Rachel then goes on to explain some good practical ideas for helping avoid these grabby hearts/hands issues.
She ends the brief chapter by saying this:
It is a lot harder to work through the grabby heart problems than the grabby hands, even though they usually travel together. If this part of parenting were only about toy distribution, then we would just be setting timers and keeping tally sheets. But teaching them about dealing with each other, looking to their own hearts, and staying in fellowship is hugely important if they are ever going to get on without you. If you take the time to train them in this, you will find yourself needing to negotiate less and less. When conflict arises, as it will, you will have less to talk about because they will recognize the real problem and be able to get the fellowship restored as quickly as they broke it.

Christian living transcends the "let's be nice and share" virtues. It reaches back to the cross of Christ and teaches us what it means to walk in the Light and have fellowship with one another. And we all need that lesson even if we don't need the flashlight right then.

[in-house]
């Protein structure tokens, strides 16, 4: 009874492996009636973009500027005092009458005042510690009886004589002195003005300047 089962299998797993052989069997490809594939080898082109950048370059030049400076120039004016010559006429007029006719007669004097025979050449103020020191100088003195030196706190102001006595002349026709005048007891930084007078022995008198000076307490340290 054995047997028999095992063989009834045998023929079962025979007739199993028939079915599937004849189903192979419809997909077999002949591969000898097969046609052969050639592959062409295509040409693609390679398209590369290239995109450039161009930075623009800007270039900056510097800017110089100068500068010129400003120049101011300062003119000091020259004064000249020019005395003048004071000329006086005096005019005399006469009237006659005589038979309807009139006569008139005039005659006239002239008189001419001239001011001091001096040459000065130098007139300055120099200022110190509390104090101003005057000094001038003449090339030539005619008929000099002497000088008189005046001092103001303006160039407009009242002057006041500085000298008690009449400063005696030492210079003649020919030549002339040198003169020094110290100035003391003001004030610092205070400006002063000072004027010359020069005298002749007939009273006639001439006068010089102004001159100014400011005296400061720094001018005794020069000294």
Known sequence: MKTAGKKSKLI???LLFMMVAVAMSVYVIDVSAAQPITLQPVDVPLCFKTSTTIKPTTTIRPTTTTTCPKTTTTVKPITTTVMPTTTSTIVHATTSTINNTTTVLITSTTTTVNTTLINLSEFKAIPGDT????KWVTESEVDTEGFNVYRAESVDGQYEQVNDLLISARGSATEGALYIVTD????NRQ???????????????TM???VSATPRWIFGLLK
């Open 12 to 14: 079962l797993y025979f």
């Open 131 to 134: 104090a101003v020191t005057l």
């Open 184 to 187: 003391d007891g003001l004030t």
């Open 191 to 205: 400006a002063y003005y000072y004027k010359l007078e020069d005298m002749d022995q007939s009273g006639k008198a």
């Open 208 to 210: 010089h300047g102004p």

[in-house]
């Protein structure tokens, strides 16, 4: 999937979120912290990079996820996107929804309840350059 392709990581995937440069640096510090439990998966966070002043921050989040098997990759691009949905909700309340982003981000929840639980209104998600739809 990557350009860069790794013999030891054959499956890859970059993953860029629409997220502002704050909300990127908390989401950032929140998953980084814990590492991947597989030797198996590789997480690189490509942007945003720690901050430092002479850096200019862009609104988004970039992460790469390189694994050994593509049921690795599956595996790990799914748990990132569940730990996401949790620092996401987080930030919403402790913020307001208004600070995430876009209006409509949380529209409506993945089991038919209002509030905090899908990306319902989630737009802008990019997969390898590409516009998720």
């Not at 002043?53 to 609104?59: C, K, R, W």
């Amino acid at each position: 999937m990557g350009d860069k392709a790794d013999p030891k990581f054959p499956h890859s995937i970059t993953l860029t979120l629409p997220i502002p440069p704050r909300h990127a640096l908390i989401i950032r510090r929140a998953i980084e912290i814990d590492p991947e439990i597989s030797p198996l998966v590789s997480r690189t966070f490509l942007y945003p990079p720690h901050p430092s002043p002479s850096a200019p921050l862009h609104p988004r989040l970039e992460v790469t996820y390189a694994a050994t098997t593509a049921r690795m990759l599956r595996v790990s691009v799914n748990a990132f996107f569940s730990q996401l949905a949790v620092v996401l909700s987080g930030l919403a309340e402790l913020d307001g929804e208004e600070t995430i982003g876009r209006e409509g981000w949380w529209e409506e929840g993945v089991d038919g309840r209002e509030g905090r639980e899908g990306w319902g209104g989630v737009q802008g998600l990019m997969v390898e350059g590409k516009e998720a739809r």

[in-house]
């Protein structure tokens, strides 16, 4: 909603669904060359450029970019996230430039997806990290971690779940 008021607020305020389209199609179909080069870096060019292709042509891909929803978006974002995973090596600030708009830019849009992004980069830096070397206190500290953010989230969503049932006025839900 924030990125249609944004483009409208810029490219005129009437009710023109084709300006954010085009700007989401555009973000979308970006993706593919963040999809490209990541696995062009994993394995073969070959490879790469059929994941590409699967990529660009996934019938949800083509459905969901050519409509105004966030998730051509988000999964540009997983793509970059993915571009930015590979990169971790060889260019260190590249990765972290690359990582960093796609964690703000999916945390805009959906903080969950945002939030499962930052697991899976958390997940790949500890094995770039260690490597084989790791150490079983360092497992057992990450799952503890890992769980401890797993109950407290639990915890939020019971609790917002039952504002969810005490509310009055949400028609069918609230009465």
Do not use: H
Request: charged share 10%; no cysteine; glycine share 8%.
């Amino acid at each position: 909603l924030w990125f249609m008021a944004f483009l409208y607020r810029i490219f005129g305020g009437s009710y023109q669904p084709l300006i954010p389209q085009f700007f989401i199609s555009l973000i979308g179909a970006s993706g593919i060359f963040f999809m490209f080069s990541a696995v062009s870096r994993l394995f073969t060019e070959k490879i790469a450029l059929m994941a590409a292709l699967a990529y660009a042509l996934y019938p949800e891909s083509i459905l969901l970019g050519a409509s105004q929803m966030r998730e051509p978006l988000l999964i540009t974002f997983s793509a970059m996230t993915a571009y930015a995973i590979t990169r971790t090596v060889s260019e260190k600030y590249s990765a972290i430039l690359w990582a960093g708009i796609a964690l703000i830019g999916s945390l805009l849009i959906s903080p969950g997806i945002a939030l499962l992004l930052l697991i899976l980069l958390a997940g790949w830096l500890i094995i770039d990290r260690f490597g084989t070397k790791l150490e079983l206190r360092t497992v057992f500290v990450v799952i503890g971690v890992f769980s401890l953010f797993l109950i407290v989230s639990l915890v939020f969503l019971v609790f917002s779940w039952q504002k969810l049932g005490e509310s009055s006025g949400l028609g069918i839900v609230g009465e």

(my girls enjoying fellowship, or something)

2011-2012 prep

Here's the current to-do list for the upcoming year:

- Read through Writing With Ease and select literature copywork. (I decided to not get the student workbook and pick my own copywork this year.)
- Watch Teaching the Classics dvds and read through accompanying text.
- Select new poetry for memory work, liking Henry Wadsworth Longfellow a lot right now. Looking into other books in series for ideas.
- Adding to Memory Work list, Nicene Creed (Presbyterian version), Book of 1 John.
- Go over Heidi's Book Lists compiled from her website into my own list mashed with other found reading lists. It's a rough, rough draft, but if you're interested I can clean it up a bit and email it to you.
-Work on Science lessons.